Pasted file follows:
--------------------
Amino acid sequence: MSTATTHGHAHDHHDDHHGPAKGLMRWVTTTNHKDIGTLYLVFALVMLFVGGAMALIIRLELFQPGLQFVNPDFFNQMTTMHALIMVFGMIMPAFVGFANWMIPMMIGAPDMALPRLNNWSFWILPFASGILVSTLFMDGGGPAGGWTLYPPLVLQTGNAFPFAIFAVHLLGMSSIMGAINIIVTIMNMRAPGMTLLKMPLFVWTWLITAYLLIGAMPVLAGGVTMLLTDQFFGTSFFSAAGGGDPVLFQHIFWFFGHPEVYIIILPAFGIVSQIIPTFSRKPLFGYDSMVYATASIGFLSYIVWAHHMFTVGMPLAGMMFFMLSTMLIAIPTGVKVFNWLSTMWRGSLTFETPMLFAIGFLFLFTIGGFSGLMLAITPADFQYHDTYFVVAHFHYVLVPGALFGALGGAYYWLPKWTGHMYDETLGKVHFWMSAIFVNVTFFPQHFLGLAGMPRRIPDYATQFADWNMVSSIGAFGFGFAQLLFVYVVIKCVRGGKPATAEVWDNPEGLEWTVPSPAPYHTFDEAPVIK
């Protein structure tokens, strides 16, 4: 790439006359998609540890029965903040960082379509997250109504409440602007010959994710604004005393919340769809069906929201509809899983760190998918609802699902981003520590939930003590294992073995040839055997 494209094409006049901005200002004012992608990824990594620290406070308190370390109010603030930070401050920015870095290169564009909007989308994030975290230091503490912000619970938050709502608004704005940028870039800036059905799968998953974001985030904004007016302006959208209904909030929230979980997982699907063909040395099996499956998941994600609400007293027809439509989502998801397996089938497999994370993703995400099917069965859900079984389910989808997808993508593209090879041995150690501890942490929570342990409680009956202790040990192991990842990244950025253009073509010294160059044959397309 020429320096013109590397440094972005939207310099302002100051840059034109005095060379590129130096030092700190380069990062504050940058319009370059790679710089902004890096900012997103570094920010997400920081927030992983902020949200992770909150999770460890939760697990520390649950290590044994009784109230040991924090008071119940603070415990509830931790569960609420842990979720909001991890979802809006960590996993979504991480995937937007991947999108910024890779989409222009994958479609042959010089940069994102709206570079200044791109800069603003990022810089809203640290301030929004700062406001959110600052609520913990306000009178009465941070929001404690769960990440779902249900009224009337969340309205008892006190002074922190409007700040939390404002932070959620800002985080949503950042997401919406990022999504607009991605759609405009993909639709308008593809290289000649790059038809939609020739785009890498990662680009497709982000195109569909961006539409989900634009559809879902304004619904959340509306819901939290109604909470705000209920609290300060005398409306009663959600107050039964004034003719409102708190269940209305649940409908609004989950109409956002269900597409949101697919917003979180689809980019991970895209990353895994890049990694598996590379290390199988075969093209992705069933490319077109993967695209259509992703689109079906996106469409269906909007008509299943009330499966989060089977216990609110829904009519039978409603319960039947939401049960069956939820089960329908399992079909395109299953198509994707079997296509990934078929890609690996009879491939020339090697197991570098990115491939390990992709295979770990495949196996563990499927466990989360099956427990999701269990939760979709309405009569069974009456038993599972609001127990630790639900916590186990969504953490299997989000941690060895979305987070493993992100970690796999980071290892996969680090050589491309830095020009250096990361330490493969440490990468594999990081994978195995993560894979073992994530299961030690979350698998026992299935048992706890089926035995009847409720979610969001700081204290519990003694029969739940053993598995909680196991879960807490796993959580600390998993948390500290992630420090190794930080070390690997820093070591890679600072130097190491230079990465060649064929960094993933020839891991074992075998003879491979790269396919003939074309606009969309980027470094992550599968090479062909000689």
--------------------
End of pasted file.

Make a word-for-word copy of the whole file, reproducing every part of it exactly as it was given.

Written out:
Amino acid sequence: MSTATTHGHAHDHHDDHHGPAKGLMRWVTTTNHKDIGTLYLVFALVMLFVGGAMALIIRLELFQPGLQFVNPDFFNQMTTMHALIMVFGMIMPAFVGFANWMIPMMIGAPDMALPRLNNWSFWILPFASGILVSTLFMDGGGPAGGWTLYPPLVLQTGNAFPFAIFAVHLLGMSSIMGAINIIVTIMNMRAPGMTLLKMPLFVWTWLITAYLLIGAMPVLAGGVTMLLTDQFFGTSFFSAAGGGDPVLFQHIFWFFGHPEVYIIILPAFGIVSQIIPTFSRKPLFGYDSMVYATASIGFLSYIVWAHHMFTVGMPLAGMMFFMLSTMLIAIPTGVKVFNWLSTMWRGSLTFETPMLFAIGFLFLFTIGGFSGLMLAITPADFQYHDTYFVVAHFHYVLVPGALFGALGGAYYWLPKWTGHMYDETLGKVHFWMSAIFVNVTFFPQHFLGLAGMPRRIPDYATQFADWNMVSSIGAFGFGFAQLLFVYVVIKCVRGGKPATAEVWDNPEGLEWTVPSPAPYHTFDEAPVIK
């Protein structure tokens, strides 16, 4: 790439006359998609540890029965903040960082379509997250109504409440602007010959994710604004005393919340769809069906929201509809899983760190998918609802699902981003520590939930003590294992073995040839055997 494209094409006049901005200002004012992608990824990594620290406070308190370390109010603030930070401050920015870095290169564009909007989308994030975290230091503490912000619970938050709502608004704005940028870039800036059905799968998953974001985030904004007016302006959208209904909030929230979980997982699907063909040395099996499956998941994600609400007293027809439509989502998801397996089938497999994370993703995400099917069965859900079984389910989808997808993508593209090879041995150690501890942490929570342990409680009956202790040990192991990842990244950025253009073509010294160059044959397309 020429320096013109590397440094972005939207310099302002100051840059034109005095060379590129130096030092700190380069990062504050940058319009370059790679710089902004890096900012997103570094920010997400920081927030992983902020949200992770909150999770460890939760697990520390649950290590044994009784109230040991924090008071119940603070415990509830931790569960609420842990979720909001991890979802809006960590996993979504991480995937937007991947999108910024890779989409222009994958479609042959010089940069994102709206570079200044791109800069603003990022810089809203640290301030929004700062406001959110600052609520913990306000009178009465941070929001404690769960990440779902249900009224009337969340309205008892006190002074922190409007700040939390404002932070959620800002985080949503950042997401919406990022999504607009991605759609405009993909639709308008593809290289000649790059038809939609020739785009890498990662680009497709982000195109569909961006539409989900634009559809879902304004619904959340509306819901939290109604909470705000209920609290300060005398409306009663959600107050039964004034003719409102708190269940209305649940409908609004989950109409956002269900597409949101697919917003979180689809980019991970895209990353895994890049990694598996590379290390199988075969093209992705069933490319077109993967695209259509992703689109079906996106469409269906909007008509299943009330499966989060089977216990609110829904009519039978409603319960039947939401049960069956939820089960329908399992079909395109299953198509994707079997296509990934078929890609690996009879491939020339090697197991570098990115491939390990992709295979770990495949196996563990499927466990989360099956427990999701269990939760979709309405009569069974009456038993599972609001127990630790639900916590186990969504953490299997989000941690060895979305987070493993992100970690796999980071290892996969680090050589491309830095020009250096990361330490493969440490990468594999990081994978195995993560894979073992994530299961030690979350698998026992299935048992706890089926035995009847409720979610969001700081204290519990003694029969739940053993598995909680196991879960807490796993959580600390998993948390500290992630420090190794930080070390690997820093070591890679600072130097190491230079990465060649064929960094993933020839891991074992075998003879491979790269396919003939074309606009969309980027470094992550599968090479062909000689």